Review of Into the Savage Part 1: Nomad's Pursuit by John Welsh

A review by John Welsh,

For readers who like some sci-fi accompanied by horror and adventure, Kenneth Brown’s novella Into The Savage (Nomad’s Pursuit) should most certainly appeal. Although the first chapter can be slightly cumbersome on lengthy descriptions, the rest of the text is a decent read with more than a passing interest in what’s comes next.

Set in a post-nuclear age with disease also apparently rife, the first chapter basically sets the scene for the remainder of the book with Grayson Wells cast as the hero. Living within the confines of the enclosed city limits, it has already been determined that Wells was born with a rare blood type and perfect health, and has been promoted beyond his lower-class structure into the most favoured and elite personnel. It is clear that everybody does not agree with that decision amid previous warnings from his now-deceased mother.

For the first few pages of this novella, there is a real fear that an overdependence on lengthy paragraphs and complex issues within the city of Colossal-1 will affect the readability of the book. However, once Wells is finally notified of his first mission outside of the city boundaries, the pace and interest quicken.

With the background covered adequately, what follows is a lively narrative with a mixture of adventure and some horror, but with more than a trace of humour in some cases. Wells is tasked to locate the alleged baddie and traitor who is said to be a formidable character and from who the leaders of the city require a blood sample to further enhance the stock of the city. Yet he seems determined from the opening pages not to take his new-found celebrity status to heart by respecting his more humble origins and remembering a harsh upbringing in the city academy.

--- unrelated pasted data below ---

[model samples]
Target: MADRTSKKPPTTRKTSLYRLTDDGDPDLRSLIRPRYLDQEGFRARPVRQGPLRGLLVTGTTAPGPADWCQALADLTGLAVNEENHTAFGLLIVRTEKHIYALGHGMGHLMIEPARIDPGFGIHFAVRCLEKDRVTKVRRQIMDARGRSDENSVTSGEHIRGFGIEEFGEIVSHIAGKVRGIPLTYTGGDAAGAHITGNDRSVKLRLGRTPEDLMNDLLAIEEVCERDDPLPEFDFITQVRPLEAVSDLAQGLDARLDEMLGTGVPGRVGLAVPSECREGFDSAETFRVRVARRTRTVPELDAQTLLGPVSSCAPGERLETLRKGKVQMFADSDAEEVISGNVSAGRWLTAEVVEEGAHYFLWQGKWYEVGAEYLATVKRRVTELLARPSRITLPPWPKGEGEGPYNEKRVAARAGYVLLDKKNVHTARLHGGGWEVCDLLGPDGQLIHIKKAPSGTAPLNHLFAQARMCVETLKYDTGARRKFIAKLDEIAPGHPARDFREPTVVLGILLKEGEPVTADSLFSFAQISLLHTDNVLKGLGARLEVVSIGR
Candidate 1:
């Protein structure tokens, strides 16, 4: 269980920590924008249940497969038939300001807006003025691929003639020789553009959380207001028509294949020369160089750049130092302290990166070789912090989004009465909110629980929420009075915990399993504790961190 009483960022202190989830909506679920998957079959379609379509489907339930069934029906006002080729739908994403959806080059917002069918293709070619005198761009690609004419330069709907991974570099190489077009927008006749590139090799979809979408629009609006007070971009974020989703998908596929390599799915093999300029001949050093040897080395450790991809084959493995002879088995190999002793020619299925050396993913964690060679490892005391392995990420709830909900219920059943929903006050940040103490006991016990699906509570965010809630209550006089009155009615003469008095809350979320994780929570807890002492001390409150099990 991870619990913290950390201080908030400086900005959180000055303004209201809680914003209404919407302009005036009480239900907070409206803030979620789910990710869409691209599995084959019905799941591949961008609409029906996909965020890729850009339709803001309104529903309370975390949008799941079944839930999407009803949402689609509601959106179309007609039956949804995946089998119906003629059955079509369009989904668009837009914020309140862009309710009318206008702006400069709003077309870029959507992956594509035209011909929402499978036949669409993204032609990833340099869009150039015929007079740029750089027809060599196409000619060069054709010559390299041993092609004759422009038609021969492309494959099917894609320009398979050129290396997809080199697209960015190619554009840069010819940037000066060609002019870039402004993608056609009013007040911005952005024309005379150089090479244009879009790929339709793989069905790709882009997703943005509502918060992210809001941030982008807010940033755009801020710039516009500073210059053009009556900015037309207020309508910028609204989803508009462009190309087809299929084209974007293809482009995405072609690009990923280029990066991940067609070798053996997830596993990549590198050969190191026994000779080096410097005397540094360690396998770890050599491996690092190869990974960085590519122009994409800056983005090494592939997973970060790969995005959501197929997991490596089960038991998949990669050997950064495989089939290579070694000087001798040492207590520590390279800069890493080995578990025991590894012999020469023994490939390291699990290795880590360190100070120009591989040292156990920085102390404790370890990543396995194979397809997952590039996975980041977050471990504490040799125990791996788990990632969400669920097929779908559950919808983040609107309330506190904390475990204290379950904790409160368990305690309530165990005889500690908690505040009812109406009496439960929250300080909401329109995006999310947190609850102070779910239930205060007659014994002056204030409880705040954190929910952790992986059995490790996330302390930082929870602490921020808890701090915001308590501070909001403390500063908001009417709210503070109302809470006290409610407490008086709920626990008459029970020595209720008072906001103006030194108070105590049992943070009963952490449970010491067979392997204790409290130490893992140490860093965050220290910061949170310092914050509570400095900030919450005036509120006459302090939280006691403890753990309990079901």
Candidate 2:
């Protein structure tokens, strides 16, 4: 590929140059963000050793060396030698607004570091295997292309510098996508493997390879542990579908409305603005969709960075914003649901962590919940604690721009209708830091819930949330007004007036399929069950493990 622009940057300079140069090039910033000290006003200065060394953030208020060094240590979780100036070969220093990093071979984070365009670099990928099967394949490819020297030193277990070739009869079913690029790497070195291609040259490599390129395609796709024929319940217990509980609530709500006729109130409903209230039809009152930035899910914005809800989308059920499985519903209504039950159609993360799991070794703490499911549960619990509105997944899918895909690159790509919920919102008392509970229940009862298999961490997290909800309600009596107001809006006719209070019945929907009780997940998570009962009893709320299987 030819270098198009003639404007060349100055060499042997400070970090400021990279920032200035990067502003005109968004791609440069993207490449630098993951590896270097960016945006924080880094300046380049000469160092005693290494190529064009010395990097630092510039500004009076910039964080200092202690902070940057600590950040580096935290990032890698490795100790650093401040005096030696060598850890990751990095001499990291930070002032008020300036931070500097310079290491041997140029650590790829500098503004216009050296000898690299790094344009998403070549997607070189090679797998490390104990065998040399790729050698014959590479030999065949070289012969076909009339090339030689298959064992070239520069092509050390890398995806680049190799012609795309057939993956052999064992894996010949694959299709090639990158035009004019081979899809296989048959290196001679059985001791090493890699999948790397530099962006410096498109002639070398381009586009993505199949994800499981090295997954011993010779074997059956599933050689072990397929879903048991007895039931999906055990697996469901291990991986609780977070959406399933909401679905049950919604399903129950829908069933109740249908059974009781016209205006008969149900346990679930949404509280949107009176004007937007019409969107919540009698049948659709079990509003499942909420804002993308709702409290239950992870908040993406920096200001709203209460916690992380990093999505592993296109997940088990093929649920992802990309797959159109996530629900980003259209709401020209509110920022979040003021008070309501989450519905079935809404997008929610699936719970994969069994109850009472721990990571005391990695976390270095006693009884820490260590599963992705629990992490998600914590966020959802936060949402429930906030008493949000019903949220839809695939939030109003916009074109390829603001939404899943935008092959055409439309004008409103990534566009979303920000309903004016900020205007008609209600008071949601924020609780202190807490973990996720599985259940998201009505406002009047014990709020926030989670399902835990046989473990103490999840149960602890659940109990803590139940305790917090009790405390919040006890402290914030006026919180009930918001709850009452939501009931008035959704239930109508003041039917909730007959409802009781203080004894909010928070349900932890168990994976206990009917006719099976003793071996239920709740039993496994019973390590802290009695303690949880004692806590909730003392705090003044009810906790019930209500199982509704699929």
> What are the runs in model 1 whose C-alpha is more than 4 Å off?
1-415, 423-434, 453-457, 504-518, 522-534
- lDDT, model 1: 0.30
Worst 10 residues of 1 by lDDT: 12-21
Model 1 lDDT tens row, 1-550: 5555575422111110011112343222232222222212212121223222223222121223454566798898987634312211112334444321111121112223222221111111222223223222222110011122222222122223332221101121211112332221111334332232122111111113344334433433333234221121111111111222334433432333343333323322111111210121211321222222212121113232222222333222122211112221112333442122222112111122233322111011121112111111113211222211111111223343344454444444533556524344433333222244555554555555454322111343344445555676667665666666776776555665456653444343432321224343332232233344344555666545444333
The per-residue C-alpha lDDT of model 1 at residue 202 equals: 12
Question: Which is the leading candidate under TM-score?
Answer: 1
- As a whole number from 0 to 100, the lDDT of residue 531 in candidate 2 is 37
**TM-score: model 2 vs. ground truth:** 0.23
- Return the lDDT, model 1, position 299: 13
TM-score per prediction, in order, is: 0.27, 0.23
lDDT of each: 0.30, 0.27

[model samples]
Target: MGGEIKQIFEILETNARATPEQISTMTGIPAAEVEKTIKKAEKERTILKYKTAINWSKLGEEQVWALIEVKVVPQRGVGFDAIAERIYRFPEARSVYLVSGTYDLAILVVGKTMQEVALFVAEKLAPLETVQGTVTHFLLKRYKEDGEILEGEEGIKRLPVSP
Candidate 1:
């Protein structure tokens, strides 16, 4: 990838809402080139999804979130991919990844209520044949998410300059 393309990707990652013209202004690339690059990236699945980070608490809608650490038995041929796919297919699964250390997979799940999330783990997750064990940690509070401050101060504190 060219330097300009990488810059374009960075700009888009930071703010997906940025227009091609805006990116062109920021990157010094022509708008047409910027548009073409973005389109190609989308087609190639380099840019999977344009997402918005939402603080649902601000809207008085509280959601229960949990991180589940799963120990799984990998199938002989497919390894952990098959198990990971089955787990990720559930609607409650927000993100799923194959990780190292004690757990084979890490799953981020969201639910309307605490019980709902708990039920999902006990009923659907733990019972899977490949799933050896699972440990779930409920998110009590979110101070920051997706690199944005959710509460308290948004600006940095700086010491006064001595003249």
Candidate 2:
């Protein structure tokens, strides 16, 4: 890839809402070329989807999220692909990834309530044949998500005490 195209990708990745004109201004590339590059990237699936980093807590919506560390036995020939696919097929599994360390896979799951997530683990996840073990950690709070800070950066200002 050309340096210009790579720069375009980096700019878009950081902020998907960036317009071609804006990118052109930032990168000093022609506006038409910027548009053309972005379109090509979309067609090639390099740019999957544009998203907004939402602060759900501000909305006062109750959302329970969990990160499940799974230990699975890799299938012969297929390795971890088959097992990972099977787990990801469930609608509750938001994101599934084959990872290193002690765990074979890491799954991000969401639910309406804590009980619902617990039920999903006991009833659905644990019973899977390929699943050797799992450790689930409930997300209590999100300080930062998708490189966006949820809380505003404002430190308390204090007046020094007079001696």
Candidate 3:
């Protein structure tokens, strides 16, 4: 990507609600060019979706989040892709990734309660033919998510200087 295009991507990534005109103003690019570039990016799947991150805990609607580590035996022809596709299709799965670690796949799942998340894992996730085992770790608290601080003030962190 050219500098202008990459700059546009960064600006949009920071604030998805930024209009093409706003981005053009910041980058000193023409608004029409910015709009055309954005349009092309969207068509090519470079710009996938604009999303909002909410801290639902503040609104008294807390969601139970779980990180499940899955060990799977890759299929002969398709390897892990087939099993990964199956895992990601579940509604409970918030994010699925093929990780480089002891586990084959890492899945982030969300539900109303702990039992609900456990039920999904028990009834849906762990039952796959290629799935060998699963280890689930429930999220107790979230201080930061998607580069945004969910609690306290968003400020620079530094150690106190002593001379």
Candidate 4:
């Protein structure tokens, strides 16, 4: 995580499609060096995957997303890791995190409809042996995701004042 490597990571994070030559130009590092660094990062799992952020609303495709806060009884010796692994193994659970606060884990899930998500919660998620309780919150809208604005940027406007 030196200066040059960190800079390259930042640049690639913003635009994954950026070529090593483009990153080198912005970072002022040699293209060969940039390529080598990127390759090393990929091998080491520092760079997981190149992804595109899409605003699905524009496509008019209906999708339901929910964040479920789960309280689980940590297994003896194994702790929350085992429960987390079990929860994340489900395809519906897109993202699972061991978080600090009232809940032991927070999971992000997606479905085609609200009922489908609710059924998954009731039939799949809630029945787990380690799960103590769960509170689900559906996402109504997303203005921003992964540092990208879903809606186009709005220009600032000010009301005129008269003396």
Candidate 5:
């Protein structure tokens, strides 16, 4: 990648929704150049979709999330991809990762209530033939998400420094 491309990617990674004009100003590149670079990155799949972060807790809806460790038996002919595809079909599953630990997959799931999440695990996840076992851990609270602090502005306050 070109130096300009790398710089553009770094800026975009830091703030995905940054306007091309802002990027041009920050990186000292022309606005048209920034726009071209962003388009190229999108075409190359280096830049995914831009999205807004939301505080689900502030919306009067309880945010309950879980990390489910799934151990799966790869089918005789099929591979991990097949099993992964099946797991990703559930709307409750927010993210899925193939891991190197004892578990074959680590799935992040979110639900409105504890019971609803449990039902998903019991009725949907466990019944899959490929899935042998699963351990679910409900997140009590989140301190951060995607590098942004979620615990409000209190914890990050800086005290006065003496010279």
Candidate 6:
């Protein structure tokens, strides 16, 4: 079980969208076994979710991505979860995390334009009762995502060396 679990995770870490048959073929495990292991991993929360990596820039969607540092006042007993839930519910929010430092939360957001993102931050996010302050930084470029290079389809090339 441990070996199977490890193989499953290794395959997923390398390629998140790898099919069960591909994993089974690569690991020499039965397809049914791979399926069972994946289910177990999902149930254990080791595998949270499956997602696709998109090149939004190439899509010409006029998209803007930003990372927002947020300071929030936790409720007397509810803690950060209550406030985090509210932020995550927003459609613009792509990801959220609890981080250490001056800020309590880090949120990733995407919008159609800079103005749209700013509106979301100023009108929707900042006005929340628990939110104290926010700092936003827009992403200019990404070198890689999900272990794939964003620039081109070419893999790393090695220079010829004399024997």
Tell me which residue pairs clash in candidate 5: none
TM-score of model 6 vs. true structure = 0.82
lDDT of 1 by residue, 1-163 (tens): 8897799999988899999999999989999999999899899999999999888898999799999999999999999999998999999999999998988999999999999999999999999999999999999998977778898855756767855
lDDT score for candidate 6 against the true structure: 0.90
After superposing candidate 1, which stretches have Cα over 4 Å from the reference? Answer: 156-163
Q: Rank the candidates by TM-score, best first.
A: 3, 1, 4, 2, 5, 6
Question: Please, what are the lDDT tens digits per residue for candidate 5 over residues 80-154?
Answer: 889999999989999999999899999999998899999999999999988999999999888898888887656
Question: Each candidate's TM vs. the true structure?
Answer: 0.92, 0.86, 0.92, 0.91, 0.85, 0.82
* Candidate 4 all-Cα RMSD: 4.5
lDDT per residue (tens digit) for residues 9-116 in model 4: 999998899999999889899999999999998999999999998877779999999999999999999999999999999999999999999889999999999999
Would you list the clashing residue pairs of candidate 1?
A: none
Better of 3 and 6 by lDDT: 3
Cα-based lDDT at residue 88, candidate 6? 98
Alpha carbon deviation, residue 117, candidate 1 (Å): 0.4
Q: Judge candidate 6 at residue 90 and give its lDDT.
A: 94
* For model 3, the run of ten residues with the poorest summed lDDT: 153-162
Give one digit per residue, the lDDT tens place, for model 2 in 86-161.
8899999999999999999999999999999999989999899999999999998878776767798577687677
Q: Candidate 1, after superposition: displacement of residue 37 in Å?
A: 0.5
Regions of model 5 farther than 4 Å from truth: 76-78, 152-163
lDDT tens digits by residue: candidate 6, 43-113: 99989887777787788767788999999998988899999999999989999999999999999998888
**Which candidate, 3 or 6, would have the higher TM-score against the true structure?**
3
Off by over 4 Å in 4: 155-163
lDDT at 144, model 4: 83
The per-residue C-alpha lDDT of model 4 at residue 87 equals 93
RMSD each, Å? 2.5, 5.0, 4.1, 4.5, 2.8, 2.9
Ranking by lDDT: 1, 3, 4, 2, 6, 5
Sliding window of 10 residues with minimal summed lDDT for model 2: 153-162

Wells embarks on this challenge with several colleagues and their unexpected encounters on this mission lead to much uncertainty for the hero. A diversity of the characters also becomes evident without the need for lengthy prose as to their characteristics. There is also a balanced mixture of text and good quality dialogue with a lack of complication prevalent as the story progresses.  

The author should also be commended for leaving various clues throughout the text which come together towards the final outcome.

Some thought has been generated for this storyline and it is not just a gung-ho approach adopted by much of the thriller, horror and fantasy fiction so prevalent on the bookshelves.

There are a few instances of swearing and bad taste within the text, but such cases do not dominate the narrative and are more natural speech in the situation rather than deliberately introducing x-rated aspects. That should appeal to readers of most ages. Some violence has been also incorporated alongside some vivid descriptions but without the lengthy detail prevalent in some books. The author has just about resisted the temptation to overplay the blood and gore as if it is integral to the storyline.

As this novella is just Part 1 of a series, it does whet the appetite for the next instalments. A precedent has been set by the author and it is hoped that he can maintain this engaging style in subsequent narratives.